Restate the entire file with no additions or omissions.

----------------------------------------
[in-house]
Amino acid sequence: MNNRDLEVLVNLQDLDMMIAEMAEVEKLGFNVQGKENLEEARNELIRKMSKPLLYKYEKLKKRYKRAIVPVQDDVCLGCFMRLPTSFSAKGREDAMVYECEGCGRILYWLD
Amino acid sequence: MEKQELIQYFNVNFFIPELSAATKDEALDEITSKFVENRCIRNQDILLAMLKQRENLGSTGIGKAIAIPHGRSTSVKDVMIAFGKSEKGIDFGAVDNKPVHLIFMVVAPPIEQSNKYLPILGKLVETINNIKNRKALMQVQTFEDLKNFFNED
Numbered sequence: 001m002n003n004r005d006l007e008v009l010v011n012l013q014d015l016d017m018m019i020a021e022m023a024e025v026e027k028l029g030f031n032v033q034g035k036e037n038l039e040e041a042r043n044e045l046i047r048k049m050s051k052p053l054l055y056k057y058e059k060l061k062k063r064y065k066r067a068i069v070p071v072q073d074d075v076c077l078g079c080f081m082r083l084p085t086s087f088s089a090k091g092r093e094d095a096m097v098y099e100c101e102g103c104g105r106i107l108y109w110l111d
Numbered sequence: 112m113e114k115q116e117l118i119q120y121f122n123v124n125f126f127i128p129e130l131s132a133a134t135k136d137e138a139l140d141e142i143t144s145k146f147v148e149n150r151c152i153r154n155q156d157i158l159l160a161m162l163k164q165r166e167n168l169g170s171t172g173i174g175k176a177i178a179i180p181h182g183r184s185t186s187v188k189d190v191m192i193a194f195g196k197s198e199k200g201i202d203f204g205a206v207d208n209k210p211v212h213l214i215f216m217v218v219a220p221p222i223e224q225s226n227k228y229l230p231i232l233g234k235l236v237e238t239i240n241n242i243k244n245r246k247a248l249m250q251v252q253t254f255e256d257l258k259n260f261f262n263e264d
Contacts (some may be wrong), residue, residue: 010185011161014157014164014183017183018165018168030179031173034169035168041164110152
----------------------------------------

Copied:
[in-house]
Amino acid sequence: MNNRDLEVLVNLQDLDMMIAEMAEVEKLGFNVQGKENLEEARNELIRKMSKPLLYKYEKLKKRYKRAIVPVQDDVCLGCFMRLPTSFSAKGREDAMVYECEGCGRILYWLD
Amino acid sequence: MEKQELIQYFNVNFFIPELSAATKDEALDEITSKFVENRCIRNQDILLAMLKQRENLGSTGIGKAIAIPHGRSTSVKDVMIAFGKSEKGIDFGAVDNKPVHLIFMVVAPPIEQSNKYLPILGKLVETINNIKNRKALMQVQTFEDLKNFFNED
Numbered sequence: 001m002n003n004r005d006l007e008v009l010v011n012l013q014d015l016d017m018m019i020a021e022m023a024e025v026e027k028l029g030f031n032v033q034g035k036e037n038l039e040e041a042r043n044e045l046i047r048k049m050s051k052p053l054l055y056k057y058e059k060l061k062k063r064y065k066r067a068i069v070p071v072q073d074d075v076c077l078g079c080f081m082r083l084p085t086s087f088s089a090k091g092r093e094d095a096m097v098y099e100c101e102g103c104g105r106i107l108y109w110l111d
Numbered sequence: 112m113e114k115q116e117l118i119q120y121f122n123v124n125f126f127i128p129e130l131s132a133a134t135k136d137e138a139l140d141e142i143t144s145k146f147v148e149n150r151c152i153r154n155q156d157i158l159l160a161m162l163k164q165r166e167n168l169g170s171t172g173i174g175k176a177i178a179i180p181h182g183r184s185t186s187v188k189d190v191m192i193a194f195g196k197s198e199k200g201i202d203f204g205a206v207d208n209k210p211v212h213l214i215f216m217v218v219a220p221p222i223e224q225s226n227k228y229l230p231i232l233g234k235l236v237e238t239i240n241n242i243k244n245r246k247a248l249m250q251v252q253t254f255e256d257l258k259n260f261f262n263e264d
Contacts (some may be wrong), residue, residue: 010185011161014157014164014183017183018165018168030179031173034169035168041164110152